Reply w/quote - E-mail - orgNote - Report post to moderator
Reply #14 posted 07/10/19 6:11pm

benni

avatar

OnlyNDaUsa said:

Sad... I do not think people should do that but it is not twitter's job to police that. if you think this is okay then do not whine when they shut down other kinds of speech.


Twitter is a huge message board. They make the rules that govern their own message board. if they decided that a certain type of speech or certain insults are not allowed on their message board, then yes, they can state, "That language is banned." It is a private business, a private company. Do you not believe that companies should be allowed to make their own rules for what they will allow within their own company?

 Reply w/quote - E-mail - orgNote - Report post to moderator
Reply #15 posted 07/10/19 6:56pm

OnlyNDaUsa

avatar

benni said:

OnlyNDaUsa said:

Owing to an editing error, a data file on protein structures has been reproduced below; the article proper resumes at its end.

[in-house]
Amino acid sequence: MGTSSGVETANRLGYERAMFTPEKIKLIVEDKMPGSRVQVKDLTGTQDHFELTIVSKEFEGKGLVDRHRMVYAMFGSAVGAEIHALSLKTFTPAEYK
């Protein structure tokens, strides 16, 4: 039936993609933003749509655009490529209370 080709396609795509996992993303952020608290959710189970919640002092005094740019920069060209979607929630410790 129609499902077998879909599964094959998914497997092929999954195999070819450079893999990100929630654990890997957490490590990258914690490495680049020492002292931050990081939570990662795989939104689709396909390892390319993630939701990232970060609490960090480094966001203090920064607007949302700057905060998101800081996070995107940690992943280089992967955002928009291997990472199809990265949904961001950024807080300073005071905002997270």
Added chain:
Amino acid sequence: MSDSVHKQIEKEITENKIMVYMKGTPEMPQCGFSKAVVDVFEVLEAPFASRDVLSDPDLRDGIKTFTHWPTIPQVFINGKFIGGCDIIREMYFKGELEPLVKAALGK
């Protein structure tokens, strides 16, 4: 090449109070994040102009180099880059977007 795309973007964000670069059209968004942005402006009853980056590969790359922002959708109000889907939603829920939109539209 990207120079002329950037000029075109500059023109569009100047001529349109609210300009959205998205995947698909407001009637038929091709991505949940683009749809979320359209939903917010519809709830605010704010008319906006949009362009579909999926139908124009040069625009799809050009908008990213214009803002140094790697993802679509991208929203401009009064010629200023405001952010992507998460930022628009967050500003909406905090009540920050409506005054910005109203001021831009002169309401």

Sad... I do not think people should do that but it is not twitter's job to police that. if you think this is okay then do not whine when they shut down other kinds of speech.


Twitter is a huge message board. They make the rules that govern their own message board. if they decided that a certain type of speech or certain insults are not allowed on their message board, then yes, they can state, "That language is banned." It is a private business, a private company. Do you not believe that companies should be allowed to make their own rules for what they will allow within their own company?

huh? I have always said that the owners have the right to limit and regulate content on their platforms.

 Reply w/quote - E-mail - orgNote - Report post to moderator
Reply #16 posted 07/10/19 9:25pm

IanRG

OnlyNDaUsa said:

IanRG said:

.

OK so I mean 13cjk13 is 100% correct.

.